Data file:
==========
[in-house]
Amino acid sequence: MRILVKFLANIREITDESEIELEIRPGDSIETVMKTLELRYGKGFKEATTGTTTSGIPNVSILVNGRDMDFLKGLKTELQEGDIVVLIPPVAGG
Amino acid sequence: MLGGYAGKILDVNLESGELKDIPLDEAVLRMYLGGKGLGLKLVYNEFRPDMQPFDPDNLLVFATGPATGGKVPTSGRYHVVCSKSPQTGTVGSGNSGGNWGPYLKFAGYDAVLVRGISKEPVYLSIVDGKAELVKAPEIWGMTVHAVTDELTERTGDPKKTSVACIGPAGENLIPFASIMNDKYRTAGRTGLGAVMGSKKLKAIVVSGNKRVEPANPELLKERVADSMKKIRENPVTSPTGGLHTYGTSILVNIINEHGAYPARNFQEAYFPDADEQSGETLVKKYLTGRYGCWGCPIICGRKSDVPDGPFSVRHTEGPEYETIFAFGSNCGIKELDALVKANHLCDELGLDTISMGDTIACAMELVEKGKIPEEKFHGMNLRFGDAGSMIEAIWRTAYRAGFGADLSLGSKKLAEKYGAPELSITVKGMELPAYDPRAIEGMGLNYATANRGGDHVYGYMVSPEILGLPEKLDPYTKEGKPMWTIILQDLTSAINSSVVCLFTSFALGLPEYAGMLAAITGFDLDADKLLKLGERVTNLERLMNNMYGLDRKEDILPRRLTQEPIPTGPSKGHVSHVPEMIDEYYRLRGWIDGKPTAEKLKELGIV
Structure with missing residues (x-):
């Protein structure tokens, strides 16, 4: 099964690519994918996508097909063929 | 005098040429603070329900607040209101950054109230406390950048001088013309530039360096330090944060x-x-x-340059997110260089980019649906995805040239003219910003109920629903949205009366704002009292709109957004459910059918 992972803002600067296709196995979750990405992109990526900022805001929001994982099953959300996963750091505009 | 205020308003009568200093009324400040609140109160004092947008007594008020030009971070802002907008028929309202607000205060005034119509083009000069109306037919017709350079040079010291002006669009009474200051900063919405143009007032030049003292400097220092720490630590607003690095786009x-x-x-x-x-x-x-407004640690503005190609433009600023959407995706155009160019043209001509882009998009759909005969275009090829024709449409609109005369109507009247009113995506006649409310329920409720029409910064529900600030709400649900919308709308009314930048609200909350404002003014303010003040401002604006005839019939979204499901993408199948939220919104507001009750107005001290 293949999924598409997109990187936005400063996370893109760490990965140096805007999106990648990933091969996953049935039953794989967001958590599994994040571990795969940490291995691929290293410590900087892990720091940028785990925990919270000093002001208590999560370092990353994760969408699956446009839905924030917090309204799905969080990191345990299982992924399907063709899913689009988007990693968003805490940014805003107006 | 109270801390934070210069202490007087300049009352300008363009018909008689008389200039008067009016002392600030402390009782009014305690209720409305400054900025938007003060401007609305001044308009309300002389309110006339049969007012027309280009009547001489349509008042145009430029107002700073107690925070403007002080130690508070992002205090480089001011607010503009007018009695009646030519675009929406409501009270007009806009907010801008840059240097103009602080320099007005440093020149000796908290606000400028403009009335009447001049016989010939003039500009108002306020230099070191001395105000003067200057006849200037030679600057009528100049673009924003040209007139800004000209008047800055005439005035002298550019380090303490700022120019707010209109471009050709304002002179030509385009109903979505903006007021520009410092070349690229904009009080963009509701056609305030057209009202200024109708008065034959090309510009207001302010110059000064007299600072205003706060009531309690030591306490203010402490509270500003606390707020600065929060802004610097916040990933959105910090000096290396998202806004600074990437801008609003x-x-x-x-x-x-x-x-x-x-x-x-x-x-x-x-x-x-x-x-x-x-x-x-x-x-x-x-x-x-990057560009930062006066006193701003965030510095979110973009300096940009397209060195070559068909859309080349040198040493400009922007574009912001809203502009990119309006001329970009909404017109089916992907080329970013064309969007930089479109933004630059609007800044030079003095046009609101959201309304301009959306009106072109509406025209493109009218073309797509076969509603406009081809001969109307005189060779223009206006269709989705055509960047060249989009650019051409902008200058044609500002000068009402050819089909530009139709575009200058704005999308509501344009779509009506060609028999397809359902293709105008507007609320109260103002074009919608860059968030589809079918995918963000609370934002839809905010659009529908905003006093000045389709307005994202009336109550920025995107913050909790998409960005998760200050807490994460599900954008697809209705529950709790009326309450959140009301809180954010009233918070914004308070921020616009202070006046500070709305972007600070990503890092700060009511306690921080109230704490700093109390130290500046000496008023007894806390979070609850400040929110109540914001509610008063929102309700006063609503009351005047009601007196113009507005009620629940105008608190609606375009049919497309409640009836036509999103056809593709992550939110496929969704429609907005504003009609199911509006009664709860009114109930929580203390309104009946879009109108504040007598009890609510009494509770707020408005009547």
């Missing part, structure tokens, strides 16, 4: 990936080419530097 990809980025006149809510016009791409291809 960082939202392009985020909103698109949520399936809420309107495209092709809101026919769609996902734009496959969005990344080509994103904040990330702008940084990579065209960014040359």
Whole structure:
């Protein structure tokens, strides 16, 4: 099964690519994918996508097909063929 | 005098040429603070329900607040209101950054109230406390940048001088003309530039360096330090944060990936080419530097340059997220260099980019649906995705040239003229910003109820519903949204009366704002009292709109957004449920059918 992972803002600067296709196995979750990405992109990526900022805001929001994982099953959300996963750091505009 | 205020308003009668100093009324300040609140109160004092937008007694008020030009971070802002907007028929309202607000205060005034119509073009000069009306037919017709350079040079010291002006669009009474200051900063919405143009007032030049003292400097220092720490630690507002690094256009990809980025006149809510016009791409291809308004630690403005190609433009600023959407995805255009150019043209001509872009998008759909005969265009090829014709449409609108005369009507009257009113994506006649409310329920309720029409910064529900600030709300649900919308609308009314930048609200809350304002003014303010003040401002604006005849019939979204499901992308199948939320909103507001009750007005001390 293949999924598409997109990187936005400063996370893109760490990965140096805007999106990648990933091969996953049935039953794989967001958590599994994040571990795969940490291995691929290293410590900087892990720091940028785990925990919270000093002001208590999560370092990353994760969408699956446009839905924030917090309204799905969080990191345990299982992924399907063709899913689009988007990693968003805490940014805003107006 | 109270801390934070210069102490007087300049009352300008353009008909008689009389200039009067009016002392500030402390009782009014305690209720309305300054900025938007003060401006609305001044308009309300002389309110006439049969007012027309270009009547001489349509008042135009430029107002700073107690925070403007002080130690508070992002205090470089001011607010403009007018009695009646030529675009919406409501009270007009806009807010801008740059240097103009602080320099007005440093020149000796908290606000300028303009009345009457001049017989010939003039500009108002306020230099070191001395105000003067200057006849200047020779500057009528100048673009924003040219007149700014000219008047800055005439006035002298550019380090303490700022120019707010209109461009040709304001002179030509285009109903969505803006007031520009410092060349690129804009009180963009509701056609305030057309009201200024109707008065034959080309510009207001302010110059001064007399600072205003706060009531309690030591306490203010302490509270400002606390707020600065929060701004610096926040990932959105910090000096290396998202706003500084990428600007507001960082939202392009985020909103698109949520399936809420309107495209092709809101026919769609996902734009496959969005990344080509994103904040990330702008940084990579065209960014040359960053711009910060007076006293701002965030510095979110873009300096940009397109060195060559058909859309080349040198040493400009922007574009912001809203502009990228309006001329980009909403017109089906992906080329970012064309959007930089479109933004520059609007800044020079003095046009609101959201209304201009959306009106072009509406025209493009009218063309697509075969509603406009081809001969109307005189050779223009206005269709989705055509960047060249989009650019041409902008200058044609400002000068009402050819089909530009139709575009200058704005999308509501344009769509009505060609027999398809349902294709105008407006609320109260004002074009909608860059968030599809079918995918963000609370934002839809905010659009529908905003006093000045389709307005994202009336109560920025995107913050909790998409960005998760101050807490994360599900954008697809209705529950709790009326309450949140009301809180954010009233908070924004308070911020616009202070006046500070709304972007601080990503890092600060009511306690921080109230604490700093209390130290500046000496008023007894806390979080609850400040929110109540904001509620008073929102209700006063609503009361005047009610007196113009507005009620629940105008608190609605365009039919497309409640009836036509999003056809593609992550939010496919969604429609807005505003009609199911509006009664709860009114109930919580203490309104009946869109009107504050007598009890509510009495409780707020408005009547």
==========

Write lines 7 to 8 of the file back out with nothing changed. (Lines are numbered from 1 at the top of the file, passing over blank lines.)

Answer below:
Whole structure:
């Protein structure tokens, strides 16, 4: 099964690519994918996508097909063929 | 005098040429603070329900607040209101950054109230406390940048001088003309530039360096330090944060990936080419530097340059997220260099980019649906995705040239003229910003109820519903949204009366704002009292709109957004449920059918 992972803002600067296709196995979750990405992109990526900022805001929001994982099953959300996963750091505009 | 205020308003009668100093009324300040609140109160004092937008007694008020030009971070802002907007028929309202607000205060005034119509073009000069009306037919017709350079040079010291002006669009009474200051900063919405143009007032030049003292400097220092720490630690507002690094256009990809980025006149809510016009791409291809308004630690403005190609433009600023959407995805255009150019043209001509872009998008759909005969265009090829014709449409609108005369009507009257009113994506006649409310329920309720029409910064529900600030709300649900919308609308009314930048609200809350304002003014303010003040401002604006005849019939979204499901992308199948939320909103507001009750007005001390 293949999924598409997109990187936005400063996370893109760490990965140096805007999106990648990933091969996953049935039953794989967001958590599994994040571990795969940490291995691929290293410590900087892990720091940028785990925990919270000093002001208590999560370092990353994760969408699956446009839905924030917090309204799905969080990191345990299982992924399907063709899913689009988007990693968003805490940014805003107006 | 109270801390934070210069102490007087300049009352300008353009008909008689009389200039009067009016002392500030402390009782009014305690209720309305300054900025938007003060401006609305001044308009309300002389309110006439049969007012027309270009009547001489349509008042135009430029107002700073107690925070403007002080130690508070992002205090470089001011607010403009007018009695009646030529675009919406409501009270007009806009807010801008740059240097103009602080320099007005440093020149000796908290606000300028303009009345009457001049017989010939003039500009108002306020230099070191001395105000003067200057006849200047020779500057009528100048673009924003040219007149700014000219008047800055005439006035002298550019380090303490700022120019707010209109461009040709304001002179030509285009109903969505803006007031520009410092060349690129804009009180963009509701056609305030057309009201200024109707008065034959080309510009207001302010110059001064007399600072205003706060009531309690030591306490203010302490509270400002606390707020600065929060701004610096926040990932959105910090000096290396998202706003500084990428600007507001960082939202392009985020909103698109949520399936809420309107495209092709809101026919769609996902734009496959969005990344080509994103904040990330702008940084990579065209960014040359960053711009910060007076006293701002965030510095979110873009300096940009397109060195060559058909859309080349040198040493400009922007574009912001809203502009990228309006001329980009909403017109089906992906080329970012064309959007930089479109933004520059609007800044020079003095046009609101959201209304201009959306009106072009509406025209493009009218063309697509075969509603406009081809001969109307005189050779223009206005269709989705055509960047060249989009650019041409902008200058044609400002000068009402050819089909530009139709575009200058704005999308509501344009769509009505060609027999398809349902294709105008407006609320109260004002074009909608860059968030599809079918995918963000609370934002839809905010659009529908905003006093000045389709307005994202009336109560920025995107913050909790998409960005998760101050807490994360599900954008697809209705529950709790009326309450949140009301809180954010009233908070924004308070911020616009202070006046500070709304972007601080990503890092600060009511306690921080109230604490700093209390130290500046000496008023007894806390979080609850400040929110109540904001509620008073929102209700006063609503009361005047009610007196113009507005009620629940105008608190609605365009039919497309409640009836036509999003056809593609992550939010496919969604429609807005505003009609199911509006009664709860009114109930919580203490309104009946869109009107504050007598009890509510009495409780707020408005009547």